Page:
From the Editor

Should you start prescribing lorcaserin or orlistat to your overweight or obese patients?

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This question needs to be asked. As a specialty, we must do more to help our patients achieve and maintain a healthy weight.



In clinical practice, weight problems are very common. Among US women, about one-third are obese, with another one-quarter overweight. As we know, obesity is a risk factor for many medical problems, including diabetes, hypertension, elevated cholesterol, stroke, heart disease, many cancers, sleep apnea, and arthritis.1 Obesity is also a risk factor for a long list of serious obstetric problems, including gestational hypertension, preeclampsia, gestational diabetes, fetal malformations, macrosomia, stillbirth, prematurity, and an increased rate of cesarean delivery.

Clearly, collectively, we need to play more of an active role in our patients’ weight loss and subsequent weight-maintenance efforts. To help us achieve this goal, we should be familiar with our patients’ weight status and comorbidities and offer helpful nonpharmacologic weight-loss interventions. We also should be cognizant of current pharmacologic and surgical options, and, when appropriate, be prepared to counsel patients about their efficacy.

Routinely calculate BMI and assess comorbidities
The body mass index (BMI) of every patient should be calculated and recorded in her medical record.

Be familiar with her BMI. For white, Hispanic, and black women, overweight is defined as a BMI between 25 and 29 kg/m2, and obesity is defined by a BMI of 30 kg/m2 or more.2 For Asian women, overweight begins at a BMI of 23 kg/m2, and obesity begins at a BMI of 25 kg/m2.

If she’s overweight, determine her comorbidities. For your patients with a BMI of 25 kg/m2 or more, assess them for medical comorbidities such as hypertension, dyslipidemia, diabetes, heart disease, and sleep apnea, as the presence of any of these conditions markedly increases the risk of adverse health outcomes. To determine if metabolic syndrome is a concern, measure blood pressure; waist circumference; and fasting triglyceride, fasting glucose, and serum high-density lipoprotein (HDL)-cholesterol levels. To detect prediabetes or diabetes mellitus, consider the hemoglobin A1c (HbA1c) test. The American College of Obstetricians and Gynecologists recommends that clinicians test for diabetes in all women aged 45 and older every 3 years.3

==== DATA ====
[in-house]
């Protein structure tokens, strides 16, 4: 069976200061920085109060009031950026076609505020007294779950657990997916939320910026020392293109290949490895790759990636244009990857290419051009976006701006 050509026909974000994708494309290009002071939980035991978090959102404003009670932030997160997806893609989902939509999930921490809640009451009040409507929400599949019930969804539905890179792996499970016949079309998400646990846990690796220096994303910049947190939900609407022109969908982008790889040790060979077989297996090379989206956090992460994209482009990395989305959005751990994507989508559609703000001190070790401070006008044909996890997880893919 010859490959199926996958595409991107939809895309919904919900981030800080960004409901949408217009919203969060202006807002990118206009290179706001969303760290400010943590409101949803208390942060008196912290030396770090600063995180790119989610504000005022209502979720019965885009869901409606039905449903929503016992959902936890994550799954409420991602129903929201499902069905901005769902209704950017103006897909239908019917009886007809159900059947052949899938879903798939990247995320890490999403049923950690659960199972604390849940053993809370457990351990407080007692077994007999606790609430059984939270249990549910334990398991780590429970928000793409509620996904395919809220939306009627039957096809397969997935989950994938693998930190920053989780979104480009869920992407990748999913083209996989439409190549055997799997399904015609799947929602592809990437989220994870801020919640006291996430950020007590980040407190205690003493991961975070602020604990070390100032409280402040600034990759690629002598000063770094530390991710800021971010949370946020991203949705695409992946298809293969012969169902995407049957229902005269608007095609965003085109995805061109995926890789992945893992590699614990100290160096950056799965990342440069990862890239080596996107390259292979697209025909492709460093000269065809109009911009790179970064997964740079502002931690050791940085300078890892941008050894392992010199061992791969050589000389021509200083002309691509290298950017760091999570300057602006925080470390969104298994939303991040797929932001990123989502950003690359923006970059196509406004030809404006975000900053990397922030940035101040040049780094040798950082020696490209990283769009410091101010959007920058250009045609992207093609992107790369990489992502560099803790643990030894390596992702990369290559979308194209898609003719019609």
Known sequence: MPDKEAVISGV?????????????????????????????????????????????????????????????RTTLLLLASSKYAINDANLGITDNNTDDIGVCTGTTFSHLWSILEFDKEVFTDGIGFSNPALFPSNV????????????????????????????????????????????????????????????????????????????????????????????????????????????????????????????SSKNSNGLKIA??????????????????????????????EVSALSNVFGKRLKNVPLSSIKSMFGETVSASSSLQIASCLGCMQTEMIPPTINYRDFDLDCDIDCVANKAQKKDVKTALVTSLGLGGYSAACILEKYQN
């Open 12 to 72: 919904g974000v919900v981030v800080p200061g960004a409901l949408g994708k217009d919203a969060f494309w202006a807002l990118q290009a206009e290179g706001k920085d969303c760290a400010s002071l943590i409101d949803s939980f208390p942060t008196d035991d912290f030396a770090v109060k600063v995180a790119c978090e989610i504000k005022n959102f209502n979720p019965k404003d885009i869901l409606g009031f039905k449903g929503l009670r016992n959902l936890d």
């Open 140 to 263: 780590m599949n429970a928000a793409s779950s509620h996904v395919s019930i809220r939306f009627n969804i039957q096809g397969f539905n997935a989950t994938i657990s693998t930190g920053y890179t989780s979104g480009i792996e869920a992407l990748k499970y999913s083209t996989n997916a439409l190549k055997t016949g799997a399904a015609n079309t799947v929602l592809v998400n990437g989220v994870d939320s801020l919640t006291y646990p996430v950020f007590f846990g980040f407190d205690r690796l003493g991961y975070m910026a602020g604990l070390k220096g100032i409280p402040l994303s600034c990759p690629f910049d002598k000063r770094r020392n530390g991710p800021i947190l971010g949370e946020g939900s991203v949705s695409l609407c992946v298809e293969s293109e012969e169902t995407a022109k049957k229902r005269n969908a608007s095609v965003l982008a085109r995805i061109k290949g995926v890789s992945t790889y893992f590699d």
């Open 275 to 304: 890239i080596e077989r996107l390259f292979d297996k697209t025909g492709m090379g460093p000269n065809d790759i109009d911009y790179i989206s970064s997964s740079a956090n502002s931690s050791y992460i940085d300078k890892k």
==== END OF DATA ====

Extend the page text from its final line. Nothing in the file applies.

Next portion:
Start with the basics—diet and exercise
It is very difficult for women, and men, who are overweight or obese to successfully lose weight and maintain a normal BMI over time. Many overweight or obese women have attempted to lose weight on many occasions by implementing changes in lifestyle, including diet and exercise, but have had only temporary success.

If your patient is motivated to begin a first or repeat attempt at weight loss, there are several helpful interventions you could recommend, including:

  • consult with a nutritionist
  • use smartphone apps to help
  • support the diet plan (to track caloric intake, daily exercise, etc.)
  • increase daily exercise to 1 hour
  • join a group weight-loss program or support group
  • eat breakfast every day
  • avoid food binges on weekends and at night
  • practice stress-reduction techniques.

If the combination of basic approaches do not result in her achieving sufficient weight loss, pharmacologic therapy can be considered.

Pharmacologic options

Pharmacologic therapy can be offered to all women with4:

  • BMI of 30 kg/m2 or more
  • BMI of 27 kg/m2 or more with comorbidities, such as hypertension, diabetes, dyslipidemia, or heart disease.

Pharmacologic options for long-term therapy include lorcaserin, orlistat, and phentermine-topiramate. Because of a risk of fetal malformations, women of childbearing age should have a monthly pregnancy test while taking phentermine-topiramate. Here, I focus on lorcaserin and orlistat, two agents that do not require monthly laboratory testing (TABLE). It is important to note that no weight-loss medicine should be prescribed to pregnant women.

Lorcaserin is a selective serotonin 2c receptor agonist. Lorcaserin reduces appetite and food intake. Other serotonergic medications previously used for weight loss, such as fenfluramine, stimulated the serotonin 2b receptor, which may have contributed to an increased risk of cardiac valve disease. Because lorcaserin is a selective serotonin 2c receptor agonist, it is less likely to cause cardiac valve disease.

Lorcaserin is taken as a 10-mg tablet twice daily.5 In one large trial, approximately 50% of patients who took the drug for 12 months lost at least 5% of their body mass.6 For those patients taking lorcaserin who do not lose 5% or more of their body mass by 12 weeks of therapy, it is recommended that the medication be discontinued because successful weight loss may not occur with continued therapy. These women could be offered treatment with orlistat.

The most common side effects of lorcaserin are headache, dizziness, fatigue, nausea, dry mouth, and constipation. The drug is contraindicated in those with renal failure or in patients who are taking other serotonergic medications, such as selective serotonin reuptake inhibitors, bupropion, tricyclic antidepressants, or monoamine oxidase inhibitors.

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